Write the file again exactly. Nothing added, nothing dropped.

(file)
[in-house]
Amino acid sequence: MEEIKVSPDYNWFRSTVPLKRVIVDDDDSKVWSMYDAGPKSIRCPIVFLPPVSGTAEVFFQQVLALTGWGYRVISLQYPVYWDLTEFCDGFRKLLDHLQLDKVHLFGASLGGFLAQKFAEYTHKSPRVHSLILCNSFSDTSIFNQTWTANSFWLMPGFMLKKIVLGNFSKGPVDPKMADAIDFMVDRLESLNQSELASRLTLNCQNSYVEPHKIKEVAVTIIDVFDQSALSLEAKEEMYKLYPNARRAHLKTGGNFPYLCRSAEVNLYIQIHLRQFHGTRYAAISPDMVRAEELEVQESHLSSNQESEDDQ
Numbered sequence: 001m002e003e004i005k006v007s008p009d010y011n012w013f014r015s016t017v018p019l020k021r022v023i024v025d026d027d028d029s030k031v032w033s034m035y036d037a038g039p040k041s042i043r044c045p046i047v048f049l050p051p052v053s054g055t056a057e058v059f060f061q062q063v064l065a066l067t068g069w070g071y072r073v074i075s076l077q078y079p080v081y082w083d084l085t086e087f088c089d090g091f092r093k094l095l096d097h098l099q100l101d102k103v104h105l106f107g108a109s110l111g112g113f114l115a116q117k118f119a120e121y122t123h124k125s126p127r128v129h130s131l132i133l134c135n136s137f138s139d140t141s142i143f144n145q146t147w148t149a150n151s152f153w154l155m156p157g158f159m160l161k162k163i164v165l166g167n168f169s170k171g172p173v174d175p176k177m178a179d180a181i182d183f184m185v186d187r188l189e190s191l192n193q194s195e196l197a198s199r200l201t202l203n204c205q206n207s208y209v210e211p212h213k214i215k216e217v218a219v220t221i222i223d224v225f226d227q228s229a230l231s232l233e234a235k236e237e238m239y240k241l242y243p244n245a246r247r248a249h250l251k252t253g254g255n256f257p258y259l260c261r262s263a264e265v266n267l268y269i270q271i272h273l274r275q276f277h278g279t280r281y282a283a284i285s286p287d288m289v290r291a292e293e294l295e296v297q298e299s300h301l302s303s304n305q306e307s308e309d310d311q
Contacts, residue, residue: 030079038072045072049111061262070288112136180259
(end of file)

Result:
[in-house]
Amino acid sequence: MEEIKVSPDYNWFRSTVPLKRVIVDDDDSKVWSMYDAGPKSIRCPIVFLPPVSGTAEVFFQQVLALTGWGYRVISLQYPVYWDLTEFCDGFRKLLDHLQLDKVHLFGASLGGFLAQKFAEYTHKSPRVHSLILCNSFSDTSIFNQTWTANSFWLMPGFMLKKIVLGNFSKGPVDPKMADAIDFMVDRLESLNQSELASRLTLNCQNSYVEPHKIKEVAVTIIDVFDQSALSLEAKEEMYKLYPNARRAHLKTGGNFPYLCRSAEVNLYIQIHLRQFHGTRYAAISPDMVRAEELEVQESHLSSNQESEDDQ
Numbered sequence: 001m002e003e004i005k006v007s008p009d010y011n012w013f014r015s016t017v018p019l020k021r022v023i024v025d026d027d028d029s030k031v032w033s034m035y036d037a038g039p040k041s042i043r044c045p046i047v048f049l050p051p052v053s054g055t056a057e058v059f060f061q062q063v064l065a066l067t068g069w070g071y072r073v074i075s076l077q078y079p080v081y082w083d084l085t086e087f088c089d090g091f092r093k094l095l096d097h098l099q100l101d102k103v104h105l106f107g108a109s110l111g112g113f114l115a116q117k118f119a120e121y122t123h124k125s126p127r128v129h130s131l132i133l134c135n136s137f138s139d140t141s142i143f144n145q146t147w148t149a150n151s152f153w154l155m156p157g158f159m160l161k162k163i164v165l166g167n168f169s170k171g172p173v174d175p176k177m178a179d180a181i182d183f184m185v186d187r188l189e190s191l192n193q194s195e196l197a198s199r200l201t202l203n204c205q206n207s208y209v210e211p212h213k214i215k216e217v218a219v220t221i222i223d224v225f226d227q228s229a230l231s232l233e234a235k236e237e238m239y240k241l242y243p244n245a246r247r248a249h250l251k252t253g254g255n256f257p258y259l260c261r262s263a264e265v266n267l268y269i270q271i272h273l274r275q276f277h278g279t280r281y282a283a284i285s286p287d288m289v290r291a292e293e294l295e296v297q298e299s300h301l302s303s304n305q306e307s308e309d310d311q
Contacts, residue, residue: 030079038072045072049111061262070288112136180259